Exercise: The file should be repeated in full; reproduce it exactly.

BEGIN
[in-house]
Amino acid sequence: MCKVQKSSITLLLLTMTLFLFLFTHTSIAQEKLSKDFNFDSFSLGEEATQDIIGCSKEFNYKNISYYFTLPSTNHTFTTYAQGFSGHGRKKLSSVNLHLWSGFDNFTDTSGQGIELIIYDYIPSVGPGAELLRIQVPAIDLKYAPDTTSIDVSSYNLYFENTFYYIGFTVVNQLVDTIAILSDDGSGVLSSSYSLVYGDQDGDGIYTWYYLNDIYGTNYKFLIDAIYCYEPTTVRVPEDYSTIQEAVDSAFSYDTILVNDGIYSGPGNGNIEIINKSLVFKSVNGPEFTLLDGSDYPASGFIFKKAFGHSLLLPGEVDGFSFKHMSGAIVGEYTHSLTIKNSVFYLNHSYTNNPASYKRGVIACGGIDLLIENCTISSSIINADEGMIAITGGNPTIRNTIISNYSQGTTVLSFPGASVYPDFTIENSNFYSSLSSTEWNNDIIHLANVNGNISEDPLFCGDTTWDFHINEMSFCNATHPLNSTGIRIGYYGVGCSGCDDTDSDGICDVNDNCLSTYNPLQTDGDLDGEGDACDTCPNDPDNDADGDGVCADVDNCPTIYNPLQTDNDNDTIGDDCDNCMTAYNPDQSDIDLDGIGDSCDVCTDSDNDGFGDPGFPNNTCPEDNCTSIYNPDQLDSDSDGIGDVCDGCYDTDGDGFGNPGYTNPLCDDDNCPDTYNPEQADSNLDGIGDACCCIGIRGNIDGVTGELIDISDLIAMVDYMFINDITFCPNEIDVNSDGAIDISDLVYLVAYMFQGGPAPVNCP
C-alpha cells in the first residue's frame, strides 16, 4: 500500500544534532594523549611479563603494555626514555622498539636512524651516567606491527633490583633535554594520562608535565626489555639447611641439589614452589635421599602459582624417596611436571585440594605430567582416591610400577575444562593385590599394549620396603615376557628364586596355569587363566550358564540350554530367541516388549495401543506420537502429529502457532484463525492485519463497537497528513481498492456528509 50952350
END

[in-house]
Amino acid sequence: MCKVQKSSITLLLLTMTLFLFLFTHTSIAQEKLSKDFNFDSFSLGEEATQDIIGCSKEFNYKNISYYFTLPSTNHTFTTYAQGFSGHGRKKLSSVNLHLWSGFDNFTDTSGQGIELIIYDYIPSVGPGAELLRIQVPAIDLKYAPDTTSIDVSSYNLYFENTFYYIGFTVVNQLVDTIAILSDDGSGVLSSSYSLVYGDQDGDGIYTWYYLNDIYGTNYKFLIDAIYCYEPTTVRVPEDYSTIQEAVDSAFSYDTILVNDGIYSGPGNGNIEIINKSLVFKSVNGPEFTLLDGSDYPASGFIFKKAFGHSLLLPGEVDGFSFKHMSGAIVGEYTHSLTIKNSVFYLNHSYTNNPASYKRGVIACGGIDLLIENCTISSSIINADEGMIAITGGNPTIRNTIISNYSQGTTVLSFPGASVYPDFTIENSNFYSSLSSTEWNNDIIHLANVNGNISEDPLFCGDTTWDFHINEMSFCNATHPLNSTGIRIGYYGVGCSGCDDTDSDGICDVNDNCLSTYNPLQTDGDLDGEGDACDTCPNDPDNDADGDGVCADVDNCPTIYNPLQTDNDNDTIGDDCDNCMTAYNPDQSDIDLDGIGDSCDVCTDSDNDGFGDPGFPNNTCPEDNCTSIYNPDQLDSDSDGIGDVCDGCYDTDGDGFGNPGYTNPLCDDDNCPDTYNPEQADSNLDGIGDACCCIGIRGNIDGVTGELIDISDLIAMVDYMFINDITFCPNEIDVNSDGAIDISDLVYLVAYMFQGGPAPVNCP
C-alpha cells in the first residue's frame, strides 16, 4: 500500500544534532594523549611479563603494555626514555622498539636512524651516567606491527633490583633535554594520562608535565626489555639447611641439589614452589635421599602459582624417596611436571585440594605430567582416591610400577575444562593385590599394549620396603615376557628364586596355569587363566550358564540350554530367541516388549495401543506420537502429529502457532484463525492485519463497537497528513481498492456528509 50952350